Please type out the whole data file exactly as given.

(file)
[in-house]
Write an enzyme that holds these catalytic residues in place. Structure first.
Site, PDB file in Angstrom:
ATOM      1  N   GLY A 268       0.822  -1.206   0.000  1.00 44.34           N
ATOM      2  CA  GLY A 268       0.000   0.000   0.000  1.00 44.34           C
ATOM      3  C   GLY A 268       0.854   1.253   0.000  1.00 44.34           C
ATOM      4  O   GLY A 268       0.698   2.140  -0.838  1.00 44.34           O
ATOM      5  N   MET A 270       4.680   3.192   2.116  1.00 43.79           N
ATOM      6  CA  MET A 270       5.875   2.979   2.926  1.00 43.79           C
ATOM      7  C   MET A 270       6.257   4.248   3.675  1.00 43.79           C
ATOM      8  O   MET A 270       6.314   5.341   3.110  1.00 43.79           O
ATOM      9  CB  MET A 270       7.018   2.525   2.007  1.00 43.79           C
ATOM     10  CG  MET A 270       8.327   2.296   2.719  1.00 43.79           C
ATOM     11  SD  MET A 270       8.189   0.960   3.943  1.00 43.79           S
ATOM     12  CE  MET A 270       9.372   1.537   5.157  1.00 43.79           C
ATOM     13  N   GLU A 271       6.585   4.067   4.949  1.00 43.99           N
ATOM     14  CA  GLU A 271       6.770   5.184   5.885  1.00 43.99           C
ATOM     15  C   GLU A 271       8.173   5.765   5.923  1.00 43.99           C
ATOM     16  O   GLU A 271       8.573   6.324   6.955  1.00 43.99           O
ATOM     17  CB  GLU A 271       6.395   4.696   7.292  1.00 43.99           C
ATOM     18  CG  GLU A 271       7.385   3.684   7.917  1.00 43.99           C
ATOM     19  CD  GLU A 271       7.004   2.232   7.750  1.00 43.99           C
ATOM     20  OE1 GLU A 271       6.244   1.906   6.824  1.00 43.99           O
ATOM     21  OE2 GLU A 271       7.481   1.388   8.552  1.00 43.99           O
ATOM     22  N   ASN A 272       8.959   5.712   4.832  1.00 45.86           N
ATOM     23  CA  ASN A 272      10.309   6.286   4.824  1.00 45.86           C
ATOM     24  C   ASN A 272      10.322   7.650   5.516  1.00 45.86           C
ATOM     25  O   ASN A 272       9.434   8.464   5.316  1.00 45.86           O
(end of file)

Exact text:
[in-house]
Write an enzyme that holds these catalytic residues in place. Structure first.
Site, PDB file in Angstrom:
ATOM      1  N   GLY A 268       0.822  -1.206   0.000  1.00 44.34           N
ATOM      2  CA  GLY A 268       0.000   0.000   0.000  1.00 44.34           C
ATOM      3  C   GLY A 268       0.854   1.253   0.000  1.00 44.34           C
ATOM      4  O   GLY A 268       0.698   2.140  -0.838  1.00 44.34           O
ATOM      5  N   MET A 270       4.680   3.192   2.116  1.00 43.79           N
ATOM      6  CA  MET A 270       5.875   2.979   2.926  1.00 43.79           C
ATOM      7  C   MET A 270       6.257   4.248   3.675  1.00 43.79           C
ATOM      8  O   MET A 270       6.314   5.341   3.110  1.00 43.79           O
ATOM      9  CB  MET A 270       7.018   2.525   2.007  1.00 43.79           C
ATOM     10  CG  MET A 270       8.327   2.296   2.719  1.00 43.79           C
ATOM     11  SD  MET A 270       8.189   0.960   3.943  1.00 43.79           S
ATOM     12  CE  MET A 270       9.372   1.537   5.157  1.00 43.79           C
ATOM     13  N   GLU A 271       6.585   4.067   4.949  1.00 43.99           N
ATOM     14  CA  GLU A 271       6.770   5.184   5.885  1.00 43.99           C
ATOM     15  C   GLU A 271       8.173   5.765   5.923  1.00 43.99           C
ATOM     16  O   GLU A 271       8.573   6.324   6.955  1.00 43.99           O
ATOM     17  CB  GLU A 271       6.395   4.696   7.292  1.00 43.99           C
ATOM     18  CG  GLU A 271       7.385   3.684   7.917  1.00 43.99           C
ATOM     19  CD  GLU A 271       7.004   2.232   7.750  1.00 43.99           C
ATOM     20  OE1 GLU A 271       6.244   1.906   6.824  1.00 43.99           O
ATOM     21  OE2 GLU A 271       7.481   1.388   8.552  1.00 43.99           O
ATOM     22  N   ASN A 272       8.959   5.712   4.832  1.00 45.86           N
ATOM     23  CA  ASN A 272      10.309   6.286   4.824  1.00 45.86           C
ATOM     24  C   ASN A 272      10.322   7.650   5.516  1.00 45.86           C
ATOM     25  O   ASN A 272       9.434   8.464   5.316  1.00 45.86           O